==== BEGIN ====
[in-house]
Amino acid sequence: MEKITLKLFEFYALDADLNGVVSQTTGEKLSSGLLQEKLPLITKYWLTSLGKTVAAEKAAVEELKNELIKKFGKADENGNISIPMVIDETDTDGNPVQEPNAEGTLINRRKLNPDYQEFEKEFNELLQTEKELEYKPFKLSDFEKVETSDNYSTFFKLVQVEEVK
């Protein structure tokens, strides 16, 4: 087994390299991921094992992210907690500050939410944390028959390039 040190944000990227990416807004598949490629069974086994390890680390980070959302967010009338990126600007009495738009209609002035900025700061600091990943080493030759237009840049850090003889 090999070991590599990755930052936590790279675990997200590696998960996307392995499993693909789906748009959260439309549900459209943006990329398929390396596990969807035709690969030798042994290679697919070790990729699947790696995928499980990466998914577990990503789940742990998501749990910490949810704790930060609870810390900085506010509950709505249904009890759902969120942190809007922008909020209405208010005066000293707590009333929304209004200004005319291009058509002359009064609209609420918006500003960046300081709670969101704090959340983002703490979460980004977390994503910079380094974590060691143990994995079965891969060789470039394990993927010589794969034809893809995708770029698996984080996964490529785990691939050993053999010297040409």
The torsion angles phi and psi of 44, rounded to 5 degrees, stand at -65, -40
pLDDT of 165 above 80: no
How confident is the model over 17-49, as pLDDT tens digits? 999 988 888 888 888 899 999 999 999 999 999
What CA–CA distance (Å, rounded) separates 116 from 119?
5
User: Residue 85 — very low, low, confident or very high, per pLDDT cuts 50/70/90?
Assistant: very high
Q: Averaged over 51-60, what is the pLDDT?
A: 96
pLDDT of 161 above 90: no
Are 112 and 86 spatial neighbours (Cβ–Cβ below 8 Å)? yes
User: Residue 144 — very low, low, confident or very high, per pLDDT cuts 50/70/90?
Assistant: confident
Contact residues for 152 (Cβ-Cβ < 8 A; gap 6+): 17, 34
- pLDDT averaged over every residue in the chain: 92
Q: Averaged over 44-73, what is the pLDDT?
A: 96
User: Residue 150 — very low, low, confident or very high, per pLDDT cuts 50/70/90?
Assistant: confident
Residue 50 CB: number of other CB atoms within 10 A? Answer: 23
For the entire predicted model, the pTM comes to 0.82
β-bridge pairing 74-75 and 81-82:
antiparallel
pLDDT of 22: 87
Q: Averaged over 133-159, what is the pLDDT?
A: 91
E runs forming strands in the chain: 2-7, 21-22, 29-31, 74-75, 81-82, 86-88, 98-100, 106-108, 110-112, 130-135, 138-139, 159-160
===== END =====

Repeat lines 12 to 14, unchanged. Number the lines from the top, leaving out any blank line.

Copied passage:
A: 96
pLDDT of 161 above 90: no
Are 112 and 86 spatial neighbours (Cβ–Cβ below 8 Å)? yes